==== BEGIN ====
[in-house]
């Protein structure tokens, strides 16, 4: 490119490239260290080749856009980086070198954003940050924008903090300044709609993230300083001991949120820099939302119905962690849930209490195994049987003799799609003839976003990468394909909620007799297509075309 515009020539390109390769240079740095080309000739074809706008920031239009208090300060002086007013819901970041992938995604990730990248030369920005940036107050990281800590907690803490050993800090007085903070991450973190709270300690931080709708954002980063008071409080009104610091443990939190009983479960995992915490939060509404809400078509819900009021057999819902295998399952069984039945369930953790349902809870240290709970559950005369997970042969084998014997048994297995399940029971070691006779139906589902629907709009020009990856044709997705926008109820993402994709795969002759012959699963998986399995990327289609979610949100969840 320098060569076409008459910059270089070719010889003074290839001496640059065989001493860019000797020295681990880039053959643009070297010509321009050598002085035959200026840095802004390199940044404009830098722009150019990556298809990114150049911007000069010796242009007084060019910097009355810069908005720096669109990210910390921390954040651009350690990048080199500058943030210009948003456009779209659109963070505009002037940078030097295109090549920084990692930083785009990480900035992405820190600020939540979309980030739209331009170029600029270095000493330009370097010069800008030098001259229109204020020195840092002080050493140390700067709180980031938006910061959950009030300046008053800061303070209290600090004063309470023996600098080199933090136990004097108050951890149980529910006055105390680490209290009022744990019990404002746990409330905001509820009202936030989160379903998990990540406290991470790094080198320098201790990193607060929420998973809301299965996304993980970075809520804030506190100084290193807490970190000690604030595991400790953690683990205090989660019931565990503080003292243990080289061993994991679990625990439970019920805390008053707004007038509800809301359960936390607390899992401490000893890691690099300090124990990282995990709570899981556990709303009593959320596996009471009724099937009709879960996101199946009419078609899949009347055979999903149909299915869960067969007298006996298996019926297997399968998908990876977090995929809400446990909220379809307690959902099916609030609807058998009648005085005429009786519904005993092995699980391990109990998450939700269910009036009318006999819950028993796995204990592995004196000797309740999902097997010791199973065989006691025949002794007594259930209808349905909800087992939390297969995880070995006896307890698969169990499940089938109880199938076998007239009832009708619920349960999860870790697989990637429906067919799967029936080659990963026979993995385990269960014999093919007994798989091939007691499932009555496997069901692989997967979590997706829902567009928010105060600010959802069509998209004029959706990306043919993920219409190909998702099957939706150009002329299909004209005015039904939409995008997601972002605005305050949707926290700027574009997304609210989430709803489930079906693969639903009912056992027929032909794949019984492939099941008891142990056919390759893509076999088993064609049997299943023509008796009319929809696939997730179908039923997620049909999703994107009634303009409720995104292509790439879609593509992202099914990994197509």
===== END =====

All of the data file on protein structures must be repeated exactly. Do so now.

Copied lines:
[in-house]
């Protein structure tokens, strides 16, 4: 490119490239260290080749856009980086070198954003940050924008903090300044709609993230300083001991949120820099939302119905962690849930209490195994049987003799799609003839976003990468394909909620007799297509075309 515009020539390109390769240079740095080309000739074809706008920031239009208090300060002086007013819901970041992938995604990730990248030369920005940036107050990281800590907690803490050993800090007085903070991450973190709270300690931080709708954002980063008071409080009104610091443990939190009983479960995992915490939060509404809400078509819900009021057999819902295998399952069984039945369930953790349902809870240290709970559950005369997970042969084998014997048994297995399940029971070691006779139906589902629907709009020009990856044709997705926008109820993402994709795969002759012959699963998986399995990327289609979610949100969840 320098060569076409008459910059270089070719010889003074290839001496640059065989001493860019000797020295681990880039053959643009070297010509321009050598002085035959200026840095802004390199940044404009830098722009150019990556298809990114150049911007000069010796242009007084060019910097009355810069908005720096669109990210910390921390954040651009350690990048080199500058943030210009948003456009779209659109963070505009002037940078030097295109090549920084990692930083785009990480900035992405820190600020939540979309980030739209331009170029600029270095000493330009370097010069800008030098001259229109204020020195840092002080050493140390700067709180980031938006910061959950009030300046008053800061303070209290600090004063309470023996600098080199933090136990004097108050951890149980529910006055105390680490209290009022744990019990404002746990409330905001509820009202936030989160379903998990990540406290991470790094080198320098201790990193607060929420998973809301299965996304993980970075809520804030506190100084290193807490970190000690604030595991400790953690683990205090989660019931565990503080003292243990080289061993994991679990625990439970019920805390008053707004007038509800809301359960936390607390899992401490000893890691690099300090124990990282995990709570899981556990709303009593959320596996009471009724099937009709879960996101199946009419078609899949009347055979999903149909299915869960067969007298006996298996019926297997399968998908990876977090995929809400446990909220379809307690959902099916609030609807058998009648005085005429009786519904005993092995699980391990109990998450939700269910009036009318006999819950028993796995204990592995004196000797309740999902097997010791199973065989006691025949002794007594259930209808349905909800087992939390297969995880070995006896307890698969169990499940089938109880199938076998007239009832009708619920349960999860870790697989990637429906067919799967029936080659990963026979993995385990269960014999093919007994798989091939007691499932009555496997069901692989997967979590997706829902567009928010105060600010959802069509998209004029959706990306043919993920219409190909998702099957939706150009002329299909004209005015039904939409995008997601972002605005305050949707926290700027574009997304609210989430709803489930079906693969639903009912056992027929032909794949019984492939099941008891142990056919390759893509076999088993064609049997299943023509008796009319929809696939997730179908039923997620049909999703994107009634303009409720995104292509790439879609593509992202099914990994197509």